Over the past few years the pop culture industry – and believe me, it’s a massive industry – has breathlessly reported the various stumbles from the celebrity world. Recently a young starlet found herself in an endless loop of bad behavior, and – following the playbook to a T – scheduled an interview with Oprah Winfrey to tell all. (You’d think we’ve heard it all by now, but apparently there’s more that we MUST know.)
Oprah made a point of saying that she wasn’t a mentor to the troubled girl. On our radio show I suggested that perhaps the television host was, in effect, a Moral Sherpa.
Sherpas are an ethnic group of people from Nepal. They’re most famous for their remarkable skills in mountaineering; in fact, we usually equate them with successful attempts at scaling Mount Everest or K2, high in the Himalayas. Sure, they often carry much of the gear, but their primary role is that of guide.
They’re hailed for their mental and physical toughness, as well as their expertise. Some have suggested that a Sherpa’s ability to safely guide others in such grueling, harrowing conditions might be genetically-related, a physical adaptation that allows them to bear nature’s punishing fury.
Now put Oprah and her celebrity friends aside for the moment, and consider your own involvement with a student, either through parenting or teaching (or both). If you distill it down to its basic layer, your role in that young person’s world is essentially that of a Sherpa. It’s not just because of your basic responsibilities, but because of your experience.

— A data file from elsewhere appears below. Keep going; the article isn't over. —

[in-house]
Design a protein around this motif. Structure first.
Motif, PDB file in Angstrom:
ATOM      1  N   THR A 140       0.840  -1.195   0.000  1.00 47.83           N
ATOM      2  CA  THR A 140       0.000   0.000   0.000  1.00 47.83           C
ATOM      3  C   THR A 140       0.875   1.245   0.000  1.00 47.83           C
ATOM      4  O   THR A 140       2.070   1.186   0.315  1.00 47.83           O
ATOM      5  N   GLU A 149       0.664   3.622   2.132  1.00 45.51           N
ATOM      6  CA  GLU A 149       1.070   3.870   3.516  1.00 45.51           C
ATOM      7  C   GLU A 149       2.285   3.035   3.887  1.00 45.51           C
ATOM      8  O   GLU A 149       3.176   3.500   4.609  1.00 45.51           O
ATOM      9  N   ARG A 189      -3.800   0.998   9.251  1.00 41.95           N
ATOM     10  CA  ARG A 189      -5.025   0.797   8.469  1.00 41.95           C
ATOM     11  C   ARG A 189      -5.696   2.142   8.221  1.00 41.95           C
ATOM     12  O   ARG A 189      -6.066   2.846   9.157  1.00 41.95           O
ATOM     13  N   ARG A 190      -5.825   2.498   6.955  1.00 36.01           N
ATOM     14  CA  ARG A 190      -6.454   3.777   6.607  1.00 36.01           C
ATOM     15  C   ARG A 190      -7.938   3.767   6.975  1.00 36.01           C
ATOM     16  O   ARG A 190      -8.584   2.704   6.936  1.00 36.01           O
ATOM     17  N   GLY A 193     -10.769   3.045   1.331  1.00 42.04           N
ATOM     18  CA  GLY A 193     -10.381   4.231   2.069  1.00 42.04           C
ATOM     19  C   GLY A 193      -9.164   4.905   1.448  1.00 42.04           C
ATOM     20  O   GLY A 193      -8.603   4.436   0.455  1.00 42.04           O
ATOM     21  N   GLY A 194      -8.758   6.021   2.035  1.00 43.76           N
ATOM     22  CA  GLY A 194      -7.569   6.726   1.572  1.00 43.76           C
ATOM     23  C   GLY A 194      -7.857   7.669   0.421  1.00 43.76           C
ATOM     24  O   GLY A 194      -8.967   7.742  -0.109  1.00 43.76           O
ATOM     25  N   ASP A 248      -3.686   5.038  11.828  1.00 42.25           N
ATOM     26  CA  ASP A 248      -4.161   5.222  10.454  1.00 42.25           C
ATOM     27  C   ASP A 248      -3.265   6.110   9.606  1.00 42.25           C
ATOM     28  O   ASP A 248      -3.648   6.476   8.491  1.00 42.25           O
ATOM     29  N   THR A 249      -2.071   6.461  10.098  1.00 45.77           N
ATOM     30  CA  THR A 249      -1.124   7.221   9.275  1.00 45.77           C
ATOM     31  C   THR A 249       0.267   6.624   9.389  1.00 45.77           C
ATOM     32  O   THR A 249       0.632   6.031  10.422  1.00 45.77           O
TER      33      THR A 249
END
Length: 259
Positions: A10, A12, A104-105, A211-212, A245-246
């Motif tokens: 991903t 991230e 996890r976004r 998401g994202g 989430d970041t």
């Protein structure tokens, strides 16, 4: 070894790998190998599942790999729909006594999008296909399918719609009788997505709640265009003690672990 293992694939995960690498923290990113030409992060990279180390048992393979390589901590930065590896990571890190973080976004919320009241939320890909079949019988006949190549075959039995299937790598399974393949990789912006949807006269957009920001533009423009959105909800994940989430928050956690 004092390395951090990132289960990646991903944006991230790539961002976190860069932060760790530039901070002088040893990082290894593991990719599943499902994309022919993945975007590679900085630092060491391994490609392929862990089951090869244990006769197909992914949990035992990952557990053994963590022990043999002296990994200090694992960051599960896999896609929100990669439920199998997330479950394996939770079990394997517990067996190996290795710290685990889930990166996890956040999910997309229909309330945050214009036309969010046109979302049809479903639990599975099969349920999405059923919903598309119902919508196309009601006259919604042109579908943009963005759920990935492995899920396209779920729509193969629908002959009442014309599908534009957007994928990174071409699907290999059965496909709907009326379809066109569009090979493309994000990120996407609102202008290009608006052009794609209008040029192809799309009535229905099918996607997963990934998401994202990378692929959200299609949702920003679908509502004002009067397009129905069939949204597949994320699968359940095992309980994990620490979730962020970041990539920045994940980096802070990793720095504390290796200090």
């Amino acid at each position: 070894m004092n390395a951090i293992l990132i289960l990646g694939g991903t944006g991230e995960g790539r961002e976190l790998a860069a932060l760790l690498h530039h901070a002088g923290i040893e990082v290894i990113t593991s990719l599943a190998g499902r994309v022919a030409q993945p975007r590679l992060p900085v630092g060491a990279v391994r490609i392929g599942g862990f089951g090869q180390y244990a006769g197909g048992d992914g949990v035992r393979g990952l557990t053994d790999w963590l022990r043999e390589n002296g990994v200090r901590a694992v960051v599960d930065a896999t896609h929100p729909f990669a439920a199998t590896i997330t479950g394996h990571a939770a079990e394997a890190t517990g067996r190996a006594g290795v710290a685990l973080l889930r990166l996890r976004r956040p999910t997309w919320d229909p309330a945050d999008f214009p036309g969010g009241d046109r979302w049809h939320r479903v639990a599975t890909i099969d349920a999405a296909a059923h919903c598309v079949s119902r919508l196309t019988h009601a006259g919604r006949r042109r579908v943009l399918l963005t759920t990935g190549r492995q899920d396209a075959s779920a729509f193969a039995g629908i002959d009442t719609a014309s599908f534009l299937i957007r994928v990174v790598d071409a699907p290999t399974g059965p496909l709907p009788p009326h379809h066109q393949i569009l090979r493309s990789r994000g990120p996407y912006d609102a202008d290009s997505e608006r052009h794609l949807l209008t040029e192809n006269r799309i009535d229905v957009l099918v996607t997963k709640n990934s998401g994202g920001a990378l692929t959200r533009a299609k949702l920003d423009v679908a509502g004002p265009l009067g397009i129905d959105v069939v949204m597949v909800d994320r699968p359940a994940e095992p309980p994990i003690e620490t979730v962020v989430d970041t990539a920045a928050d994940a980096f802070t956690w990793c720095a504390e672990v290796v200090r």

There are moments in every child’s life where more is required than simply saying “do that” and “don’t do that.” We’ve climbed the mountain before; we’ve suffered through hellish conditions and back-breaking moments that nearly crushed us, and we – somehow – came out on the other side. Maybe we didn’t reach the summit, but we at least saw it. Just as important, we learned what it takes to successfully finish the climb, in order to either try again later or to guide someone else.
We grow and adapt as we age; we have no choice.
Much is made of the countless tools that kids today have at their disposal, a mind-numbing array of gadgets and apps that are supposed to make everything faster and easier. Because of that, we mistakenly omit the most important tool of all: Us!
There are no apps for experience, no matter how good virtual technology becomes. Guiding a young person through their most difficult years – middle school, especially – requires you to become a Sherpa, putting your child’s doubts and fears on your back and leading them through the storm.
Technology has fooled us; it’s made us think that kids have changed, when they haven’t. They still need a guide, perhaps – ironically – more than ever. They’ve been fed a world that is version 3.0 while their internal software is still running 1.0. Rather than leaving them alone with their digital nannies, it’s crucial to rope yourself to them during the tough stretches and to show them what works and what doesn’t, particularly when it comes to interpersonal relationships and peer pressure.
You’re a Sherpa. In a way, you’re genetically-altered, too: it’s called Been There, Done That. Fortunately for all of us, with age comes wisdom.
Don’t waste it.
Dom Testa is an author, speaker, morning radio show host, and has kept a ficus tree alive for twenty two years. He’s also the founder and president of The Big Brain Club, a non-profit foundation that helps young people embrace the idea that Smart Is Cool. More info at www.DomTesta.com.
Earnest Parenting: help for parents who are guiding children.